A 5-1 showing against two of the league’s worst teams is almost expected, but the offensive explosion over these games has mostly quieted the early negative vibes around this Cubs team. They’re still waiting on a functional Yu Darvish to show up, but now with Anthony Rizzo and Willson Contreras hitting, things seem to be generally right with the world of Cubs baseball. Still waiting on Albert Almora to be in center field everyday, but whatever.
What You Need to Know: Even with White Sox pitcher Lucas Giolito giving playoff Rick Ankiel a run for wildest pitcher ever, the Cubs managed to be just dysfunctional enough to let the Sox hang around, which in turn let Giolito hang around through 5.2 innings, despite walking seven. We call that the Tyler Chatwood special. The White Sox responded with a steady stream of understated offense against Kyle Hendricks, eventually finding themselves with a lead they wouldn’t relinquish, thus ruining the Cubs’ perfect homestand.
Don’t worry, though, Javier Báez still managed his daily dose of RBIs.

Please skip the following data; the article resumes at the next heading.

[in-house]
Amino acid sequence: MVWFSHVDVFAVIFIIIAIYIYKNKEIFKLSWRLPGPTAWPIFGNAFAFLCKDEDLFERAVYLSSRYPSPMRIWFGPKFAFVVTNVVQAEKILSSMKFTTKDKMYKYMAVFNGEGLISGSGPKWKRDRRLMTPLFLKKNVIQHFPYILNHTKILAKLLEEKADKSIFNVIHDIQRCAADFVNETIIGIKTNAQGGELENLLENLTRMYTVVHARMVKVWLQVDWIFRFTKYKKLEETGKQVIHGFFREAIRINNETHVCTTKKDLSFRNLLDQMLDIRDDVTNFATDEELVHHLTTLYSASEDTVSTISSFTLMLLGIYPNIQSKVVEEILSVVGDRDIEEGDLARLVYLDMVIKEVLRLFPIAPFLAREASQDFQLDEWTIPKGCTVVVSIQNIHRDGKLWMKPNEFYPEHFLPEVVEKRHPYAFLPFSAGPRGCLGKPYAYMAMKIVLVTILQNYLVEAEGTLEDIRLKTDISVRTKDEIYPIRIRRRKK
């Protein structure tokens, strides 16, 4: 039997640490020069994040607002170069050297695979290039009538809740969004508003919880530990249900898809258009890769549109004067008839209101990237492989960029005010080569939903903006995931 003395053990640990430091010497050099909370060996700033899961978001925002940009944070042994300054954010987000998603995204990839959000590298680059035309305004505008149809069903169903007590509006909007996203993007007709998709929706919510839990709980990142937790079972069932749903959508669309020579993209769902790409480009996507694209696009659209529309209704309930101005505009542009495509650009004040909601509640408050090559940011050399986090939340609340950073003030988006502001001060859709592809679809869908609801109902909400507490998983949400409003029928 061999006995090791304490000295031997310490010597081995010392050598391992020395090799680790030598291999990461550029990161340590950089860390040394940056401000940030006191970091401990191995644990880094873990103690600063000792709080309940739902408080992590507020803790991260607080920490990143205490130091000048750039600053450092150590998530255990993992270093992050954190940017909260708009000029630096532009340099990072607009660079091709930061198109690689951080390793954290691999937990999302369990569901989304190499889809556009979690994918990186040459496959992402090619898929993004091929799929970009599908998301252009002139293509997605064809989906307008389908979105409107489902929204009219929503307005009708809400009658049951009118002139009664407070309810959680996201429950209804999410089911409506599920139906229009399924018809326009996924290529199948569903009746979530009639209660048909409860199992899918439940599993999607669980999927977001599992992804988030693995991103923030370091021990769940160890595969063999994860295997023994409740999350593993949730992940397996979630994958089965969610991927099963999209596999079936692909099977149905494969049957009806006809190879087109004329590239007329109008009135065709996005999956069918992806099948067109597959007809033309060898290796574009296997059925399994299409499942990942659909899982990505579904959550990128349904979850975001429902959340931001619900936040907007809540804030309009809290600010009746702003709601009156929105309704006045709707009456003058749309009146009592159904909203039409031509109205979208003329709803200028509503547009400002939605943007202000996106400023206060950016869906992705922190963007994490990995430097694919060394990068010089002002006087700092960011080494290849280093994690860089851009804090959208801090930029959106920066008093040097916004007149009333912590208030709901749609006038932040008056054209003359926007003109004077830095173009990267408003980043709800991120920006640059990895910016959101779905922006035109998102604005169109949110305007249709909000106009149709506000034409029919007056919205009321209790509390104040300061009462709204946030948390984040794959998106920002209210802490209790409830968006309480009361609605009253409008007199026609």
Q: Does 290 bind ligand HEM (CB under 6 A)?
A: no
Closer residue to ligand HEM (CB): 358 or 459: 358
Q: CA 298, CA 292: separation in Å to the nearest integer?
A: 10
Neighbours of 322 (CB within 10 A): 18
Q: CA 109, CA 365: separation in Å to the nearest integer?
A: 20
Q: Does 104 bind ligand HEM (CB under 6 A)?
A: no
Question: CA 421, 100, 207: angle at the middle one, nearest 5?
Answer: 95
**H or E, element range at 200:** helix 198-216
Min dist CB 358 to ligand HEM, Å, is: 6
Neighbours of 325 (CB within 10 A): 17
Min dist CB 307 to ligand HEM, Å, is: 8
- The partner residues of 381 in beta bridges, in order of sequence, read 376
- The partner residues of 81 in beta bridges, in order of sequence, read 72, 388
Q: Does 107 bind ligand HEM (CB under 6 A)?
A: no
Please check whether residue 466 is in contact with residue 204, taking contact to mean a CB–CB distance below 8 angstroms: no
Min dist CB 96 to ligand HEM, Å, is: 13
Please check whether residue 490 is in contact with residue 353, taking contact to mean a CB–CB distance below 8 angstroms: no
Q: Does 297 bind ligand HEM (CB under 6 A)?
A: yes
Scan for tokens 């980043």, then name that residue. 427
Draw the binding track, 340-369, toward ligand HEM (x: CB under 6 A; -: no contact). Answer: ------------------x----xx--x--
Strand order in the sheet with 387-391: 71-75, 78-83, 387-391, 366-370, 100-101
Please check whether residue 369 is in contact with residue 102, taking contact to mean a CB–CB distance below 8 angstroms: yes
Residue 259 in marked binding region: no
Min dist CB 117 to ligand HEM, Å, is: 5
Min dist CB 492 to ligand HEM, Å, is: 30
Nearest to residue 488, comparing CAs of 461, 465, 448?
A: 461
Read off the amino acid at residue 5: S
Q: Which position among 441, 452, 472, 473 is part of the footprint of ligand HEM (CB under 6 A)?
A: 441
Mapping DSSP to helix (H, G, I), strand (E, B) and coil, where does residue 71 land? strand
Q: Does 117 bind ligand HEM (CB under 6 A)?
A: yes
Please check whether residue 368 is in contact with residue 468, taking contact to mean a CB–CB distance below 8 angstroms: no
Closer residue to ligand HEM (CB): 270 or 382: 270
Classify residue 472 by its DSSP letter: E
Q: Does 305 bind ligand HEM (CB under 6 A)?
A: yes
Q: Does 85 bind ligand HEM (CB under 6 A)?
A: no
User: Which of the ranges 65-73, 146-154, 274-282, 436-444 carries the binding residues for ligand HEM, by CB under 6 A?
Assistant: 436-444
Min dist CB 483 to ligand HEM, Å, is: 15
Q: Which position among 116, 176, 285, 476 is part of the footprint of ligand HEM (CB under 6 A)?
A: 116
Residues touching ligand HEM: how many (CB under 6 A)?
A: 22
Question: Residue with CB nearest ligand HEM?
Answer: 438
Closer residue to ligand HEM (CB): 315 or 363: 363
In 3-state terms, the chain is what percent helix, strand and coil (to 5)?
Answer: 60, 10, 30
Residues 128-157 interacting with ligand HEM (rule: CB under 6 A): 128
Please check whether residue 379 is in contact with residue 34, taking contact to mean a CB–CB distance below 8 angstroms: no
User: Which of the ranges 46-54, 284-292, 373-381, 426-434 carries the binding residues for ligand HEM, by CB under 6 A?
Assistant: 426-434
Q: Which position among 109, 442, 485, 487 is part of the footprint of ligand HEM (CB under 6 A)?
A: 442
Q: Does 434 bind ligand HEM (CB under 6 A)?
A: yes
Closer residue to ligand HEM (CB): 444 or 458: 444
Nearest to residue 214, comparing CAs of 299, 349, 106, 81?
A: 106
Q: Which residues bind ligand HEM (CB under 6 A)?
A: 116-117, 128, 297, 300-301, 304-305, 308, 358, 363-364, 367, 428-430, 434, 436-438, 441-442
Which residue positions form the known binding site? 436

Next Level: Tyler Chatwood might have some competition when it comes to the ability to walk almost everybody and give up runs to almost nobody. Going into the game, Chatwood and Giolito led the MLB in BB/9 — Giolito with an unsightly 6.3 BB/9; Chatwood with a somehow-worse 7.6 BB/9. Contrast that with Kyle Hendricks, who barely eclipses those numbers when you add the last three years combined. Lucas Giolito is the pitcher Kyle Hendricks becomes in his nightmares. Giolito walks seven. Hendricks walks none. Giolito wins. Go figure.
The Cubs stole five bases off of Giolito. They had eight all season prior.
Hendricks, though pitching well overall, continues to give up home runs at an unusual clip. He’s already given up nine on the season (17 all of last season), which has led to a opponent slugging percentage of over .420 –about sixty points higher than his career average. It hasn’t even gotten summer-ish at Wrigley yet. That’s the bad news. There’s good news, too, though: His .234 BABIP, while a little generous, is more or less inline with his career numbers, and his 1.03 WHIP is excellent. Hopefully the uptick in HRs allowed is just a blip in the young season.
Top WPA Play: Javier Baez’s two-run single in the first, which he hit on a 3-0 pitch. Combined with a wild Giolito, it looked like the Cubs were poised for another offensive explosion. But, alas. (+.155)
Bottom WPA Play: Nick Delmonico’s game-tying RBI-triple in the sixth. The Sox would take the lead on a sacrifice fly later in the inning. (-.228)
Up Next: Before taking their show on the road to face the first-place (!!) Atlanta Braves, those same Braves will come to Chicago for a makeup game following the April 15 rain-out.
Lead photo courtesy David Banks—-USA Today Sports